After the flood

FOIMan recalls the impact a flood can have on an organisation’s information – especially if it chooses to store it in a basement.

It’s a terrible sight seeing people wading through their own homes. Those who live along the Thames, in Somerset, and elsewhere are having a terrible time and most of us can’t imagine what that must be like.

Flooded towns are nothing new, so organisations should take appropriate precautions

Flooded towns are nothing new, so organisations should take appropriate precautions

Floods can cause significant problems for information managers and their employers. Back in 2000, the south of England was suffering from a similar surfeit of wet weather. At the time, I was records manager for a council on the south coast. Many if not most organisations use basements as storage for their physical records (and often servers containing their digital records too).

And why not? These spaces are convenient and often very large. They’re otherwise wasted space – too dark and gloomy to accommodate human beings (unless they’re records managers or trogladytes).

Well, I’ll tell you why not. They’re also often damp. Many boxes were starting to show signs of mould. The plaster was peeling away from the wall. After 18 months of buttering up the Facilities Manager I finally got our office replastered and painted. We even got a plush(ish – it was local government after all) new carpet to replace the bare threads and occasional tufts of fabric which I had been assured were once a carpet about 15 years before. Which brings me to the other reason why it’s often a bad idea to store records in the basement.

Because when, like this year, there is so much rain that streets start to look like tributaries of a major river system, the sewers overflow. And the sewers in the area that I worked ran just beneath…you guessed it, the basement of the council offices. So in early 2000, you could find me wading ankle deep around a vast storeroom trying to move boxes of records above an ever-rising flood. It was like a not very exciting Indiana Jones film.

Eventually the waters subsided, and the dehumidifiers begged from the Museums Service chugged away at their heroic (and probably futile) task. A few building plans and housing files that had sunk beneath the waves were collected by a company, Harwell Document Restoration Services, that specialises in rescuing waterlogged papers. A few weeks later they would return, looking better than they had before (which wasn’t saying much). The tiles in the storeroom had lifted under the pressure of water gushing from beneath, and needed replacing. Records were sent off-site temporarily to a commercial storage company in rotation so that the floor could be repaired and retiled. And we got a (slightly less plush) carpet fitted in the office. And things returned to normal. Well, not quite. I’m sure it wasn’t entirely unconnected, but later that year I decided to climb out of the basement and found a job in London as Parliamentary Records Manager. Being based in the Victoria Tower, I figured there was much less chance that I would face another flooded records store.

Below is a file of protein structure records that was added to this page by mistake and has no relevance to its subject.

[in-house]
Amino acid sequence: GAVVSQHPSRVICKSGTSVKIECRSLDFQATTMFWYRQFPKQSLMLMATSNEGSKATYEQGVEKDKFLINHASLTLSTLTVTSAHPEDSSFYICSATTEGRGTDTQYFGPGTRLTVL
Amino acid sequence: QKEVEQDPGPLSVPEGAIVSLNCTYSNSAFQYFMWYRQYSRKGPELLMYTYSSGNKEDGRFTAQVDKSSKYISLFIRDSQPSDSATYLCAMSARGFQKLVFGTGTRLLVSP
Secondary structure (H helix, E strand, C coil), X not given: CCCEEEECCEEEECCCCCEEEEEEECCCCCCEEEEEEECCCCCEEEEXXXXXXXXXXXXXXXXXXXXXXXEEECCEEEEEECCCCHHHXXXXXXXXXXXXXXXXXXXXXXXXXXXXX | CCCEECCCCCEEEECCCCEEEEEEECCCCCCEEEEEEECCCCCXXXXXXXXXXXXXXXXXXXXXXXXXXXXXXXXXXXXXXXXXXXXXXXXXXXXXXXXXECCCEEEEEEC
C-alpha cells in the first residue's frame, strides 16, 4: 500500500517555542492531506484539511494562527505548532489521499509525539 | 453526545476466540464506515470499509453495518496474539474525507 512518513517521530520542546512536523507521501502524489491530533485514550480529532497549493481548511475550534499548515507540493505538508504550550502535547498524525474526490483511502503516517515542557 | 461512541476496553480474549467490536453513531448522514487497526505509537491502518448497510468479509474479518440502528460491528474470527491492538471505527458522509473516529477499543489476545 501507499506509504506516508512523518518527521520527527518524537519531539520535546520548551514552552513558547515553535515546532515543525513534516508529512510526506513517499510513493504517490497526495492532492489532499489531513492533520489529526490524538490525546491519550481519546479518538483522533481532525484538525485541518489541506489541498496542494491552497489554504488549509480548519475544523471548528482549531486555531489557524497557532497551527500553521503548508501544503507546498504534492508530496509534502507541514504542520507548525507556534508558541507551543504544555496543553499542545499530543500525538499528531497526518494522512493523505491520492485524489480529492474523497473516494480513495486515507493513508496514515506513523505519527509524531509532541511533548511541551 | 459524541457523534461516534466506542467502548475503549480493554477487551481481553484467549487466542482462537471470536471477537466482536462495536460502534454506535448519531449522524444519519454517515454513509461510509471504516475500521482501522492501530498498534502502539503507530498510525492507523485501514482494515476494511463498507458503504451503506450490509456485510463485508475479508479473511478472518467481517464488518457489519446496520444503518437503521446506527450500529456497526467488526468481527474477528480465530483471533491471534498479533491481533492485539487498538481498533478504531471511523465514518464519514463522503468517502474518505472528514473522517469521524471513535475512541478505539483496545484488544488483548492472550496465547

Shortly after that, in early 2001, I received an email from my successor. The basement had flooded again.

If you are a facilities person, or a chief executive, and you think that you can save money by putting your records (and information managers, come to that) in the basement, you might want to think again. Aside from the fact that waterlogged records tend to make a mess of your lovely leather-embossed desk when you need to access them, there is a very good chance that your organisation will fail to meet its legal obligations. Aside from the many statutory requirements to retain information – auditors are probably going to be less than impressed if they have to don waders to check your receipts – failure to properly protect records will most likely be a breach of information law these days.

Section 46 of the Freedom of Information Act requires the Lord Chancellor to issue a Code of Practice on the management of records. The Code is written by the experts of The National Archives, and one of the requirements of the Code is that:

“Authorities should know what records they hold and where they are, and should ensure that they remain usable for as long as they are required.”

That Code is not statutory (though the Information Commissioner can take it into account in working out whether to take action against a particular authority), so perhaps more important to note is that retaining records – especially those relating to living individuals – in a basement that is prone to flooding is likely to constitute a breach of principle 7 of the Data Protection Act.

It is common knowledge that losing personal data on an unencrypted memory stick or a social worker leaving a file relating to a vulnerable child on a train can land an organisation with a fine of up to half a million pounds. But principle 7 also requires data controllers to take “appropriate technical and organisational measures” against “accidental loss or destruction of, or damage to, personal data”.

Businesses and public authorities in flood-hit parts of the country will have other – and perhaps more urgent – things on their minds at present. But all organisations should think very carefully about whether bargain basement storage really is the opportunity it appears.

Image by Keith Moseley (Drybridge Street Flooded, Monmouth) [CC-BY-SA-2.0 (http://creativecommons.org/licenses/by-sa/2.0)], via Wikimedia Commons. 

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